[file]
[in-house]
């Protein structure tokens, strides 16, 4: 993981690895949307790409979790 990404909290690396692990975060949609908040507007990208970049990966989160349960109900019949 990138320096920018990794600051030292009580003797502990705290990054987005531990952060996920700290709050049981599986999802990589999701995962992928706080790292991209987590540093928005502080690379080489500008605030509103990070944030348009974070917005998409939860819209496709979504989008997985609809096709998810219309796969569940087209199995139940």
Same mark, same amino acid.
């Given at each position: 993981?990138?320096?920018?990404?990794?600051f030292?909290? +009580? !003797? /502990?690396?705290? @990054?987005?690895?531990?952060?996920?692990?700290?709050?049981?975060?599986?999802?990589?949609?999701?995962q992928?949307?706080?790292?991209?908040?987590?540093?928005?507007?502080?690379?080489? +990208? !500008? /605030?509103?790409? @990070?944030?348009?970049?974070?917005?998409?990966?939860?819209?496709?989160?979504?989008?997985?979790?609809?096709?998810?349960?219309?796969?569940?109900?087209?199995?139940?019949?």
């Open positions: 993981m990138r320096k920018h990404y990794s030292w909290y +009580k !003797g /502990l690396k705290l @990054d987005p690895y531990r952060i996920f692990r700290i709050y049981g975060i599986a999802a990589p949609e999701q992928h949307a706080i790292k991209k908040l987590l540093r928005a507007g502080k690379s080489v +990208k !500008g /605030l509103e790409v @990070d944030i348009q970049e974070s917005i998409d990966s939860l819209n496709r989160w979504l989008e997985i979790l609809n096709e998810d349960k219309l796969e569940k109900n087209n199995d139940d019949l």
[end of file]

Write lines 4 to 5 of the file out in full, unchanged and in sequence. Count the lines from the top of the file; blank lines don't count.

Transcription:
């Given at each position: 993981?990138?320096?920018?990404?990794?600051f030292?909290? +009580? !003797? /502990?690396?705290? @990054?987005?690895?531990?952060?996920?692990?700290?709050?049981?975060?599986?999802?990589?949609?999701?995962q992928?949307?706080?790292?991209?908040?987590?540093?928005?507007?502080?690379?080489? +990208? !500008? /605030?509103?790409? @990070?944030?348009?970049?974070?917005?998409?990966?939860?819209?496709?989160?979504?989008?997985?979790?609809?096709?998810?349960?219309?796969?569940?109900?087209?199995?139940?019949?």
């Open positions: 993981m990138r320096k920018h990404y990794s030292w909290y +009580k !003797g /502990l690396k705290l @990054d987005p690895y531990r952060i996920f692990r700290i709050y049981g975060i599986a999802a990589p949609e999701q992928h949307a706080i790292k991209k908040l987590l540093r928005a507007g502080k690379s080489v +990208k !500008g /605030l509103e790409v @990070d944030i348009q970049e974070s917005i998409d990966s939860l819209n496709r989160w979504l989008e997985i979790l609809n096709e998810d349960k219309l796969e569940k109900n087209n199995d139940d019949l």